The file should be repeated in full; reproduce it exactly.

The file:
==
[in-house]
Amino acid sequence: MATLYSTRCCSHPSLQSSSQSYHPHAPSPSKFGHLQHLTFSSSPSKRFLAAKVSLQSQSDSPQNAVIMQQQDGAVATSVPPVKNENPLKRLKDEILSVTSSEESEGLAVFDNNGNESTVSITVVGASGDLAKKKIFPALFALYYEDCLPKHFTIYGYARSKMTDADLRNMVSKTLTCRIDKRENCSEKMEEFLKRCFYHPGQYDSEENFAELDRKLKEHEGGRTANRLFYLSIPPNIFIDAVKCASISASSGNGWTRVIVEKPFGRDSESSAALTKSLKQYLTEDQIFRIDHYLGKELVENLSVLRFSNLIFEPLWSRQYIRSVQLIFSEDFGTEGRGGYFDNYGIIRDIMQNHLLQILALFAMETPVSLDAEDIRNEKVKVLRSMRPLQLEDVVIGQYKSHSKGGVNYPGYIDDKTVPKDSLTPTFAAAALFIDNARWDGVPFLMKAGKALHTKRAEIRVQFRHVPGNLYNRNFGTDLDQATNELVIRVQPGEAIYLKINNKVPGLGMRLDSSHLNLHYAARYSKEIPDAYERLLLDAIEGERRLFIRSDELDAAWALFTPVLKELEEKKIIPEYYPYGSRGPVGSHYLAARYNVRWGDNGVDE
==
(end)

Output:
[in-house]
Amino acid sequence: MATLYSTRCCSHPSLQSSSQSYHPHAPSPSKFGHLQHLTFSSSPSKRFLAAKVSLQSQSDSPQNAVIMQQQDGAVATSVPPVKNENPLKRLKDEILSVTSSEESEGLAVFDNNGNESTVSITVVGASGDLAKKKIFPALFALYYEDCLPKHFTIYGYARSKMTDADLRNMVSKTLTCRIDKRENCSEKMEEFLKRCFYHPGQYDSEENFAELDRKLKEHEGGRTANRLFYLSIPPNIFIDAVKCASISASSGNGWTRVIVEKPFGRDSESSAALTKSLKQYLTEDQIFRIDHYLGKELVENLSVLRFSNLIFEPLWSRQYIRSVQLIFSEDFGTEGRGGYFDNYGIIRDIMQNHLLQILALFAMETPVSLDAEDIRNEKVKVLRSMRPLQLEDVVIGQYKSHSKGGVNYPGYIDDKTVPKDSLTPTFAAAALFIDNARWDGVPFLMKAGKALHTKRAEIRVQFRHVPGNLYNRNFGTDLDQATNELVIRVQPGEAIYLKINNKVPGLGMRLDSSHLNLHYAARYSKEIPDAYERLLLDAIEGERRLFIRSDELDAAWALFTPVLKELEEKKIIPEYYPYGSRGPVGSHYLAARYNVRWGDNGVDE